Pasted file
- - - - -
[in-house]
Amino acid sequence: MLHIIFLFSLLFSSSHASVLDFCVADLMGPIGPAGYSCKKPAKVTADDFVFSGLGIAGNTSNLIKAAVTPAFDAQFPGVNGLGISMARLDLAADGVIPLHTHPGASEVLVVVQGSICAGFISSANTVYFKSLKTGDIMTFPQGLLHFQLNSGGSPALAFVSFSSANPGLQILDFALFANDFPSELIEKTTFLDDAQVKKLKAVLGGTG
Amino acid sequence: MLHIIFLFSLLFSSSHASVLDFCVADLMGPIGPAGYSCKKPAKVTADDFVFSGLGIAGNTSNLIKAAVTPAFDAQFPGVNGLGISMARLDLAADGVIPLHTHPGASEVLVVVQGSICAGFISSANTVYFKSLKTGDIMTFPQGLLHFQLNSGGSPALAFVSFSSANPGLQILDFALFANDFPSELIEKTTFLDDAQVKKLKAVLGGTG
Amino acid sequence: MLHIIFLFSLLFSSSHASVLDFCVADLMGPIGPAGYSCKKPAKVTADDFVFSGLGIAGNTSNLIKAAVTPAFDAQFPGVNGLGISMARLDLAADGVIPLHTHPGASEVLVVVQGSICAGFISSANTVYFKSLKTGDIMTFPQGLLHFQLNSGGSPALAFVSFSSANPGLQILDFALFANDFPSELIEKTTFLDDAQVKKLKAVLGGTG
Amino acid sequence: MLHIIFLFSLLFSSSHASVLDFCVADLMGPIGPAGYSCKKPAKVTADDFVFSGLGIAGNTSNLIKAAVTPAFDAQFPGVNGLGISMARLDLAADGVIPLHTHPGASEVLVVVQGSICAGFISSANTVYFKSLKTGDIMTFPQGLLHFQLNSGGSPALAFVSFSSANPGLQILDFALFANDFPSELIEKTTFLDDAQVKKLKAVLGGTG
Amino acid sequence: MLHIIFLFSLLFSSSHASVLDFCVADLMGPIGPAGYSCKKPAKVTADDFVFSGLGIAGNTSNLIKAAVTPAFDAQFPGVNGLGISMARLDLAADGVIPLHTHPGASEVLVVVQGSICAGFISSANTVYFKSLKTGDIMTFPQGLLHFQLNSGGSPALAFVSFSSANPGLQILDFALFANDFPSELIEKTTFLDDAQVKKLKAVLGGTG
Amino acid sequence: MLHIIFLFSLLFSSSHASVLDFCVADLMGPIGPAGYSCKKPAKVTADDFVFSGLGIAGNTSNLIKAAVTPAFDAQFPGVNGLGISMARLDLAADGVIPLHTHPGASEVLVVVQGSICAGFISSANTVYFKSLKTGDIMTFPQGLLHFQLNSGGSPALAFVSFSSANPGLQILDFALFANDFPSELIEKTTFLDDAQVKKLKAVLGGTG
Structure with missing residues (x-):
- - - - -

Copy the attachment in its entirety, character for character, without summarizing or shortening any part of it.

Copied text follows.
[in-house]
Amino acid sequence: MLHIIFLFSLLFSSSHASVLDFCVADLMGPIGPAGYSCKKPAKVTADDFVFSGLGIAGNTSNLIKAAVTPAFDAQFPGVNGLGISMARLDLAADGVIPLHTHPGASEVLVVVQGSICAGFISSANTVYFKSLKTGDIMTFPQGLLHFQLNSGGSPALAFVSFSSANPGLQILDFALFANDFPSELIEKTTFLDDAQVKKLKAVLGGTG
Amino acid sequence: MLHIIFLFSLLFSSSHASVLDFCVADLMGPIGPAGYSCKKPAKVTADDFVFSGLGIAGNTSNLIKAAVTPAFDAQFPGVNGLGISMARLDLAADGVIPLHTHPGASEVLVVVQGSICAGFISSANTVYFKSLKTGDIMTFPQGLLHFQLNSGGSPALAFVSFSSANPGLQILDFALFANDFPSELIEKTTFLDDAQVKKLKAVLGGTG
Amino acid sequence: MLHIIFLFSLLFSSSHASVLDFCVADLMGPIGPAGYSCKKPAKVTADDFVFSGLGIAGNTSNLIKAAVTPAFDAQFPGVNGLGISMARLDLAADGVIPLHTHPGASEVLVVVQGSICAGFISSANTVYFKSLKTGDIMTFPQGLLHFQLNSGGSPALAFVSFSSANPGLQILDFALFANDFPSELIEKTTFLDDAQVKKLKAVLGGTG
Amino acid sequence: MLHIIFLFSLLFSSSHASVLDFCVADLMGPIGPAGYSCKKPAKVTADDFVFSGLGIAGNTSNLIKAAVTPAFDAQFPGVNGLGISMARLDLAADGVIPLHTHPGASEVLVVVQGSICAGFISSANTVYFKSLKTGDIMTFPQGLLHFQLNSGGSPALAFVSFSSANPGLQILDFALFANDFPSELIEKTTFLDDAQVKKLKAVLGGTG
Amino acid sequence: MLHIIFLFSLLFSSSHASVLDFCVADLMGPIGPAGYSCKKPAKVTADDFVFSGLGIAGNTSNLIKAAVTPAFDAQFPGVNGLGISMARLDLAADGVIPLHTHPGASEVLVVVQGSICAGFISSANTVYFKSLKTGDIMTFPQGLLHFQLNSGGSPALAFVSFSSANPGLQILDFALFANDFPSELIEKTTFLDDAQVKKLKAVLGGTG
Amino acid sequence: MLHIIFLFSLLFSSSHASVLDFCVADLMGPIGPAGYSCKKPAKVTADDFVFSGLGIAGNTSNLIKAAVTPAFDAQFPGVNGLGISMARLDLAADGVIPLHTHPGASEVLVVVQGSICAGFISSANTVYFKSLKTGDIMTFPQGLLHFQLNSGGSPALAFVSFSSANPGLQILDFALFANDFPSELIEKTTFLDDAQVKKLKAVLGGTG
Structure with missing residues (x-):